– Off-line: inserted/deleted records are inserted in a specific data
structure and indexes are modified offline (when the DBA requests it,
regularly or when some condition is met).
• Log-Structured Merge (LSM)-tree: Records inserted in RAM (C0-tree not
necessarily organized as a B+-tree – e.g., sorted table), then merged with disk
resident C1-tree pages opportunistically.
See LSM-Tree paper by Par O’neil et al.
• Heap file: insert buffer in MySQL, default mechanism in DB2.
• Supports well
– Point queries, Multipoint queries, Range queries, order queries,
Extremal queries.
See: VLDB journal survey, ARIES KVL
B+-Tree Locking
1. How to avoid locking the whole table and
schedule concurrent modifications of the
tree?
Mutexes are used. Top down traversal.
Mutex released when it is clear that internal
Node will not be affected by insertion/deletion
e.g., new level requires holding mutex
on root; insertion in leaf mutexes can
be released as internal nodes are
traversed.
1. How to support predicate-locking?
Next-key locking. A mutex held on a pointer prevents access to all the records that are
inserted, or could be inserted, below this pointer or in between this pointer and the next
existing pointer. E.g. blue rectangles represent a lock on all records where key >= 80.
Hash Index
• A hash index stores key-value pairs based on a
pseudo-randomizing function called a hash
function
Hashed key values
Key value
Hash
function
0
R1, R5
1
R4, R6, R9
…
n
Overflow buckets
R14, R17, R21
R25
Hash Index Performance
• Memory / Disk
– Worst case: 1 IO per bucket
– NOT balanced as number of IOs to reach a record
depends on the hash function and key distribution.
• Supports very well
– Point queries
Fractal Tree Index
• Trees of exponentially increasing size
–
(represented as arrays for ease of representation)
– Trees are completely full or completely empty
– Insert into smallest array
– Merge arrays continuously
23
45
87
12
23
12
23
6
45
12
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6
45
12
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Fractal Tree Index Performance
• Few, large, sequential IOs on several trees
– Scales with large number of insertions (variation
of LSM-tree)
– Potential to leverage SSD parallelism
DBMS Implementation
• Oracle 11g
– B-tree vs. Hash vs. Bitmap
– Index-organized table vs. heap
• Non-clustered index can be defined on both
– Reverse key indexes
– Key compression
– Invisible index (not visible to optimizer – allows for
experimentation)
– Function-based indexes
• CREATE INDEX idx ON table_1 (a + b * (c - 1), a, b);
See: Oracle 11g indexes
DBMS Implementation
• DB2 10
–
–
–
–
B+-tree (hash index only for db2 for z/OS)
Non-cluster vs. cluster
Key compression
Indexes on expression
• SQL Server 2012
–
–
–
–
–
B+-tree (spatial indexes built on top of B+-trees)
Columnstore index for OLAP queries
Non-cluster vs. cluster
Non key columns included in index (for coverage)
Indexes on simple expressions (filtered indexes)
See: DB2 types of indexes, SQLServer 2012 indexes
Clustered Index
Benefits of a clustered index:
1. A sparse clustered index stores fewer pointers than
a dense index.
•
This might save up to one level in the B-tree index.
2. A clustered index is good for multipoint queries
•
White pages in a paper telephone book
3. A clustered index based on a B-Tree supports
range, prefix, extremal and ordering queries well.
Clustered Index
4. A clustered index (on attribute X) can reduce lock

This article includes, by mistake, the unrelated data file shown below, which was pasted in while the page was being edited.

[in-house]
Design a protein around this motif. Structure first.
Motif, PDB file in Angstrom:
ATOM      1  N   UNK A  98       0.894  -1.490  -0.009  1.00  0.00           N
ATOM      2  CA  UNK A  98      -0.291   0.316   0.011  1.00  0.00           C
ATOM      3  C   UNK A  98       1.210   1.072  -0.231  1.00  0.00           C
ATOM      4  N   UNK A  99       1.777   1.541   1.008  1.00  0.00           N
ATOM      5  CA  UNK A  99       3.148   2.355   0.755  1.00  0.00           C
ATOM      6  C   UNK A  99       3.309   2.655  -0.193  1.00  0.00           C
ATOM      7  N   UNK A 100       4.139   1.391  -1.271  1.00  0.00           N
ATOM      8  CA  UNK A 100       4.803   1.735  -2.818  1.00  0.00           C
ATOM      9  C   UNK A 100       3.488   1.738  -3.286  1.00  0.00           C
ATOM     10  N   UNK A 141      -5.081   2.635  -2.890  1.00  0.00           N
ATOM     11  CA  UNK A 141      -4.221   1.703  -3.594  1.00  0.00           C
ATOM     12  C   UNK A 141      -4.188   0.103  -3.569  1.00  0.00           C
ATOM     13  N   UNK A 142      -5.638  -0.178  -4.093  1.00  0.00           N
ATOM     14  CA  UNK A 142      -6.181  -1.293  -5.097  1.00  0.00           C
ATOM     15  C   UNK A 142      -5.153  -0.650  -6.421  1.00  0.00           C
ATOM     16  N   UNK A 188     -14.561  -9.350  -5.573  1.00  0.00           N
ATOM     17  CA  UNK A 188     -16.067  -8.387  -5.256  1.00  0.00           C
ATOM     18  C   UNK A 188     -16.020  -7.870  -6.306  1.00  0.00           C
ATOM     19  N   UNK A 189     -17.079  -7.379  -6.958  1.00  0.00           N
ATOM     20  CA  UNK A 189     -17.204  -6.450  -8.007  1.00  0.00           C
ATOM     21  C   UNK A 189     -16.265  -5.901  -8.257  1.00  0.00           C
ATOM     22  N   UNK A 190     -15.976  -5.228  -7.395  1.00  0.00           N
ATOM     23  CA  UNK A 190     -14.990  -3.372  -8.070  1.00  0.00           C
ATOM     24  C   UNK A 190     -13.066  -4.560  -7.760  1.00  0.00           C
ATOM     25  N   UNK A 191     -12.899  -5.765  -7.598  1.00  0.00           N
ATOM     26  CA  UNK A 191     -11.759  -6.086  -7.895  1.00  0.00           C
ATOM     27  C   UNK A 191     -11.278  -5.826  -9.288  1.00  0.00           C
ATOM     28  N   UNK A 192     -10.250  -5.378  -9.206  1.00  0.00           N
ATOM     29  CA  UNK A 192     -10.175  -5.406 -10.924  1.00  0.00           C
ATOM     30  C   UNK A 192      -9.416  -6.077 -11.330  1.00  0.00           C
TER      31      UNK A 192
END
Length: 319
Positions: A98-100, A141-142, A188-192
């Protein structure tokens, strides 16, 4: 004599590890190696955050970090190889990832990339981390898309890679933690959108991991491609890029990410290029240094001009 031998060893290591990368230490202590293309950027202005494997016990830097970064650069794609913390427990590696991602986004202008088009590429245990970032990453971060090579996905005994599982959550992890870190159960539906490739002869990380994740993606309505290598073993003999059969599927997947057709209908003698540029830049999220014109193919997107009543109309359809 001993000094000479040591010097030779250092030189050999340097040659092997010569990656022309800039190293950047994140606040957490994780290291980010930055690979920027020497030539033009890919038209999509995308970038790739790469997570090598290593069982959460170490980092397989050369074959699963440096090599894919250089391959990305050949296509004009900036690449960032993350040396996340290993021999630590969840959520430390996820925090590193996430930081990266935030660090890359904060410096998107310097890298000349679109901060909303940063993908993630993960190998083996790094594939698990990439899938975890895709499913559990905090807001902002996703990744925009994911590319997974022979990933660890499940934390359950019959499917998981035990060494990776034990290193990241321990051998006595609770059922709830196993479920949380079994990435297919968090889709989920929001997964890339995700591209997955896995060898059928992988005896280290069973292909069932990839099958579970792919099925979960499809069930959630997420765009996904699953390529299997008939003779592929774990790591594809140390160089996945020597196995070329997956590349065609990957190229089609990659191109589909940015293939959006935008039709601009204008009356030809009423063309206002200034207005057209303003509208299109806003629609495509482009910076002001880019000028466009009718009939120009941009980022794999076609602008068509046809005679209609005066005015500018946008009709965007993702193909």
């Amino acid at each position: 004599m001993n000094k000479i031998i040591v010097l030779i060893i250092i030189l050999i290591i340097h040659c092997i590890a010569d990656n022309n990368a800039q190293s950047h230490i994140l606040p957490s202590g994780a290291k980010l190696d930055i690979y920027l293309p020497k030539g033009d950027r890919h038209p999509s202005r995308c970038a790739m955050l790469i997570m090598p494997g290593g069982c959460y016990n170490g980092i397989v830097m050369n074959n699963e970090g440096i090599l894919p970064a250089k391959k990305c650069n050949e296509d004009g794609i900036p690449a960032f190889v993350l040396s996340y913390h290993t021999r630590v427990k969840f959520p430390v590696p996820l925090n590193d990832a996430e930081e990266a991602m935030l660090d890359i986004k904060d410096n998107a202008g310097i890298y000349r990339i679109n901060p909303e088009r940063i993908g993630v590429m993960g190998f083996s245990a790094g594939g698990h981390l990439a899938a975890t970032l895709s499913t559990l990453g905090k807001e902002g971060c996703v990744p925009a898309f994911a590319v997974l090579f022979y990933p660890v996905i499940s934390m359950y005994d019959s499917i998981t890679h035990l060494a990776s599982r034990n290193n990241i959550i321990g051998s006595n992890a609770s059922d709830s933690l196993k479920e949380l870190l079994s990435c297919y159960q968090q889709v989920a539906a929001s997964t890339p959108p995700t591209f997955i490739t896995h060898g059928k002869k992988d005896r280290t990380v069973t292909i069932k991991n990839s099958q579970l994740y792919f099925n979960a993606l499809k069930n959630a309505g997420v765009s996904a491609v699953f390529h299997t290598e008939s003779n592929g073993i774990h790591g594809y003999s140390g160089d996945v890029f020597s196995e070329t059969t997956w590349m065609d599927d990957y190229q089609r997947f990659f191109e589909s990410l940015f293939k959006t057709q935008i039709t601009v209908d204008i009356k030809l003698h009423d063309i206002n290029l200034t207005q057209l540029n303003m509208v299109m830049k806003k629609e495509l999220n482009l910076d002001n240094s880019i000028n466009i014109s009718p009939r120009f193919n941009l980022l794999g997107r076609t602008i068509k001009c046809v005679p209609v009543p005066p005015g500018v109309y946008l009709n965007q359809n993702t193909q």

contention:
Retrieval of records or update operations using an
equality, a prefix match or a range condition based on X
will access and lock only a few consecutive pages of data
Cost of a clustered index
1. Cost of overflow pages
•
•
Due to insertions
Due to updates (e.g., a NULL value by a long string)
Clustered Index
• Because there is only one clustered index per
table, it might be a good idea to replicate a
table in order to use a clustered index on two
different attributes
• Yellow and white pages in a paper telephone book
• Low insertion/update rate
Non-Clustered Index
Benefits of non-clustered
indexes
1. A dense index can
eliminate the need to
access the underlying
table through covering.
•
It might be worth
creating several indexes
to increase the likelihood
that the optimizer can
find a covering index
2. A non-clustered index is
good if each query retrieves
significantly fewer records
than there are pages in the
table.
•
Where is the tipping point wrt
heap file? You must
experiment on your own
system.
Covering Index - defined
• Select name from employee where
department = “marketing”
• A priori:
– Good covering index would be on (department,
name)
– Index on (name, department) less useful.
– Index on department alone moderately useful.
• Actual impact depends on underlying DBMS.
3 - Index Tuning
© Dennis Shasha, Philippe Bonnet 2001
31
Index on Small Tables
• Tuning manuals suggest to avoid indexes on
small tables
– If all data from a relation fits in one page then an
index page adds an I/O
– If each record fits in a page then an index helps
performance
• However, indexes on small tables allow the
DBMS to leverage next key locking and thus
reduce contention on small tables.
Key Compression
• Use key compression
– If you are using a B-tree
– Compressing the key will reduce the number of
levels in the tree
– The system is not CPU-bound
– Updates are relatively rare
© Dennis Shasha, Philippe Bonnet 2001
Summary
1. Use a hash index for point queries only. Use a Btree if multipoint queries or range queries are used
2. Use clustering
•
•
if your queries need all or most of the fields of each
records returned
if multipoint or range queries are asked
3. Use a dense index to cover critical queries
4. Don’t use an index if the time lost when inserting
and updating overwhelms the time saved when
querying
© Dennis Shasha, Philippe Bonnet 2001